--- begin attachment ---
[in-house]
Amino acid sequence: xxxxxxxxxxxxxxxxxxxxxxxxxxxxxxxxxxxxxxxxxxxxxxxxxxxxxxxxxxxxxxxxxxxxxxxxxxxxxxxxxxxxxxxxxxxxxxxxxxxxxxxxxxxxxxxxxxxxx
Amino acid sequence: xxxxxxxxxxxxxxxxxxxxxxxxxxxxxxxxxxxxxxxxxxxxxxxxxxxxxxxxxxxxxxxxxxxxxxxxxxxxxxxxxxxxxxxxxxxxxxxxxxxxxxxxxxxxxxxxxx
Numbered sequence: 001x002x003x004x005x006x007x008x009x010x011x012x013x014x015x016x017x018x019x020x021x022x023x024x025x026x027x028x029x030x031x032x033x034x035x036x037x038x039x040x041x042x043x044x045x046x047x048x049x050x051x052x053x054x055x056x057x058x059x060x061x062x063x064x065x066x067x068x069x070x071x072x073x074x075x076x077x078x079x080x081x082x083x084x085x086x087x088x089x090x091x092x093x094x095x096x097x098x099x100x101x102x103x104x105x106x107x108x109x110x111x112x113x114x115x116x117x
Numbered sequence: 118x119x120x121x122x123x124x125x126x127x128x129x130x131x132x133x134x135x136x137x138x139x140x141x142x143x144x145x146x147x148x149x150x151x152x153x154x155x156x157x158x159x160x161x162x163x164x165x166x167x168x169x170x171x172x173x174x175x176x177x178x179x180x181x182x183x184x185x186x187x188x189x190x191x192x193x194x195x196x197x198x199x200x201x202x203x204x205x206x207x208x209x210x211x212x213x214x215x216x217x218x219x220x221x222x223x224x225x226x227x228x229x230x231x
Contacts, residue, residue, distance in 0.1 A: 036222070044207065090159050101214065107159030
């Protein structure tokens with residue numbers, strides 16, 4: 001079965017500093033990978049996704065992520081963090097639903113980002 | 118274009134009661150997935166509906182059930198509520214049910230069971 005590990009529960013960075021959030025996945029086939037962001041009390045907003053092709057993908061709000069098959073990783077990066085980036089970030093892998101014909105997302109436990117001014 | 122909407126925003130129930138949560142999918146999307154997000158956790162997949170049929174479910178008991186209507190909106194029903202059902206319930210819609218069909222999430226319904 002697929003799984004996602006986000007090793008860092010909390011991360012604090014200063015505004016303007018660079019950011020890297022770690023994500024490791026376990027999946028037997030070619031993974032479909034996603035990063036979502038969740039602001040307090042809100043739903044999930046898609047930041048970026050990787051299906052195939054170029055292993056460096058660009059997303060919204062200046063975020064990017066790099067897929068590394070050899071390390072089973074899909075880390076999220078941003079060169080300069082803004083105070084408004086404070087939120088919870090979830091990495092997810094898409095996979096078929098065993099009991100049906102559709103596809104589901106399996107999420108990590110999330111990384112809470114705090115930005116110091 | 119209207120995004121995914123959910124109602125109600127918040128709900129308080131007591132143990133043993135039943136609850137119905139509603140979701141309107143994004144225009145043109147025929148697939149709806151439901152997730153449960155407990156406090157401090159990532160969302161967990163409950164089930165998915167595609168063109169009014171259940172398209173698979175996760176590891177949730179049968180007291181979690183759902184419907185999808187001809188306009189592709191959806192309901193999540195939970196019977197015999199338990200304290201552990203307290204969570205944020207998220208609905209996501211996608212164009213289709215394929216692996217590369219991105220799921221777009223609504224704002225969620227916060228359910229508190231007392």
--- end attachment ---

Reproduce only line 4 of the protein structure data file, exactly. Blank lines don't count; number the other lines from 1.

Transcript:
Numbered sequence: 001x002x003x004x005x006x007x008x009x010x011x012x013x014x015x016x017x018x019x020x021x022x023x024x025x026x027x028x029x030x031x032x033x034x035x036x037x038x039x040x041x042x043x044x045x046x047x048x049x050x051x052x053x054x055x056x057x058x059x060x061x062x063x064x065x066x067x068x069x070x071x072x073x074x075x076x077x078x079x080x081x082x083x084x085x086x087x088x089x090x091x092x093x094x095x096x097x098x099x100x101x102x103x104x105x106x107x108x109x110x111x112x113x114x115x116x117x